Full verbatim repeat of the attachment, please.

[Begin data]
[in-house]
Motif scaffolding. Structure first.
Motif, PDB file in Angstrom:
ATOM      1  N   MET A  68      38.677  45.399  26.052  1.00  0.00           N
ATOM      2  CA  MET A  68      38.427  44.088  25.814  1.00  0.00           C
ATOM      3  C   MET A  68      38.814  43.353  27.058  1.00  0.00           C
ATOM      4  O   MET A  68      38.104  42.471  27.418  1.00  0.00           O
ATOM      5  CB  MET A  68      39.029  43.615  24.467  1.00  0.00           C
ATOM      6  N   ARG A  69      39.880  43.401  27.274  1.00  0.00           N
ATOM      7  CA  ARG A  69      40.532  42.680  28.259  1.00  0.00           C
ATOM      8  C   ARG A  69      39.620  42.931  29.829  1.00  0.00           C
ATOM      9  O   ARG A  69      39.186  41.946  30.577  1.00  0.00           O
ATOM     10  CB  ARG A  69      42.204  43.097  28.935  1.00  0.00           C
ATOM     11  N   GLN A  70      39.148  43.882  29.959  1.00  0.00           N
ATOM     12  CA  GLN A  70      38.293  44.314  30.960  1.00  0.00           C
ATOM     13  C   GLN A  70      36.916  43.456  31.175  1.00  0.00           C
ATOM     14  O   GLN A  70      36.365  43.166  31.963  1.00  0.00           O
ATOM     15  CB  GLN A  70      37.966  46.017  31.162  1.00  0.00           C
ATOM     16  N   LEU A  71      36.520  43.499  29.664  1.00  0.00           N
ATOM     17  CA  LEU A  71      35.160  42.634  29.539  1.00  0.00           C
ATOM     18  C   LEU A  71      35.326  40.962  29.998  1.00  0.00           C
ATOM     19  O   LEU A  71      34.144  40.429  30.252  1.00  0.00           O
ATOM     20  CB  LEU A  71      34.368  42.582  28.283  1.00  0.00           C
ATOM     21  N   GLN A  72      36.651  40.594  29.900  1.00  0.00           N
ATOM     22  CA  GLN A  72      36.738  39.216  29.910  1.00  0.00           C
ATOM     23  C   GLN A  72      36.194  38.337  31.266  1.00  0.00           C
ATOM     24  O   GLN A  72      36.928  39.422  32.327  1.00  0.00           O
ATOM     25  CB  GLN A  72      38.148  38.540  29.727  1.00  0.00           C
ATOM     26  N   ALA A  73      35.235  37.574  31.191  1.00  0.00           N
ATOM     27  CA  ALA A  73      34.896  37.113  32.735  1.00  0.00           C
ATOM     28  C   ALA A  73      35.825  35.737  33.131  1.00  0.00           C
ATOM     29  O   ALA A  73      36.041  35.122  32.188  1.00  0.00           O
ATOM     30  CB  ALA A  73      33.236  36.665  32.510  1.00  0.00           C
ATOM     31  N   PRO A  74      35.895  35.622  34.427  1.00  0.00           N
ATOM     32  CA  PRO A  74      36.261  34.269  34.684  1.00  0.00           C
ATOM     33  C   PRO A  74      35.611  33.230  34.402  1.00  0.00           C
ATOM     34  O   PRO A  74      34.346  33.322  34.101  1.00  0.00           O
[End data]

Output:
[in-house]
Motif scaffolding. Structure first.
Motif, PDB file in Angstrom:
ATOM      1  N   MET A  68      38.677  45.399  26.052  1.00  0.00           N
ATOM      2  CA  MET A  68      38.427  44.088  25.814  1.00  0.00           C
ATOM      3  C   MET A  68      38.814  43.353  27.058  1.00  0.00           C
ATOM      4  O   MET A  68      38.104  42.471  27.418  1.00  0.00           O
ATOM      5  CB  MET A  68      39.029  43.615  24.467  1.00  0.00           C
ATOM      6  N   ARG A  69      39.880  43.401  27.274  1.00  0.00           N
ATOM      7  CA  ARG A  69      40.532  42.680  28.259  1.00  0.00           C
ATOM      8  C   ARG A  69      39.620  42.931  29.829  1.00  0.00           C
ATOM      9  O   ARG A  69      39.186  41.946  30.577  1.00  0.00           O
ATOM     10  CB  ARG A  69      42.204  43.097  28.935  1.00  0.00           C
ATOM     11  N   GLN A  70      39.148  43.882  29.959  1.00  0.00           N
ATOM     12  CA  GLN A  70      38.293  44.314  30.960  1.00  0.00           C
ATOM     13  C   GLN A  70      36.916  43.456  31.175  1.00  0.00           C
ATOM     14  O   GLN A  70      36.365  43.166  31.963  1.00  0.00           O
ATOM     15  CB  GLN A  70      37.966  46.017  31.162  1.00  0.00           C
ATOM     16  N   LEU A  71      36.520  43.499  29.664  1.00  0.00           N
ATOM     17  CA  LEU A  71      35.160  42.634  29.539  1.00  0.00           C
ATOM     18  C   LEU A  71      35.326  40.962  29.998  1.00  0.00           C
ATOM     19  O   LEU A  71      34.144  40.429  30.252  1.00  0.00           O
ATOM     20  CB  LEU A  71      34.368  42.582  28.283  1.00  0.00           C
ATOM     21  N   GLN A  72      36.651  40.594  29.900  1.00  0.00           N
ATOM     22  CA  GLN A  72      36.738  39.216  29.910  1.00  0.00           C
ATOM     23  C   GLN A  72      36.194  38.337  31.266  1.00  0.00           C
ATOM     24  O   GLN A  72      36.928  39.422  32.327  1.00  0.00           O
ATOM     25  CB  GLN A  72      38.148  38.540  29.727  1.00  0.00           C
ATOM     26  N   ALA A  73      35.235  37.574  31.191  1.00  0.00           N
ATOM     27  CA  ALA A  73      34.896  37.113  32.735  1.00  0.00           C
ATOM     28  C   ALA A  73      35.825  35.737  33.131  1.00  0.00           C
ATOM     29  O   ALA A  73      36.041  35.122  32.188  1.00  0.00           O
ATOM     30  CB  ALA A  73      33.236  36.665  32.510  1.00  0.00           C
ATOM     31  N   PRO A  74      35.895  35.622  34.427  1.00  0.00           N
ATOM     32  CA  PRO A  74      36.261  34.269  34.684  1.00  0.00           C
ATOM     33  C   PRO A  74      35.611  33.230  34.402  1.00  0.00           C
ATOM     34  O   PRO A  74      34.346  33.322  34.101  1.00  0.00           O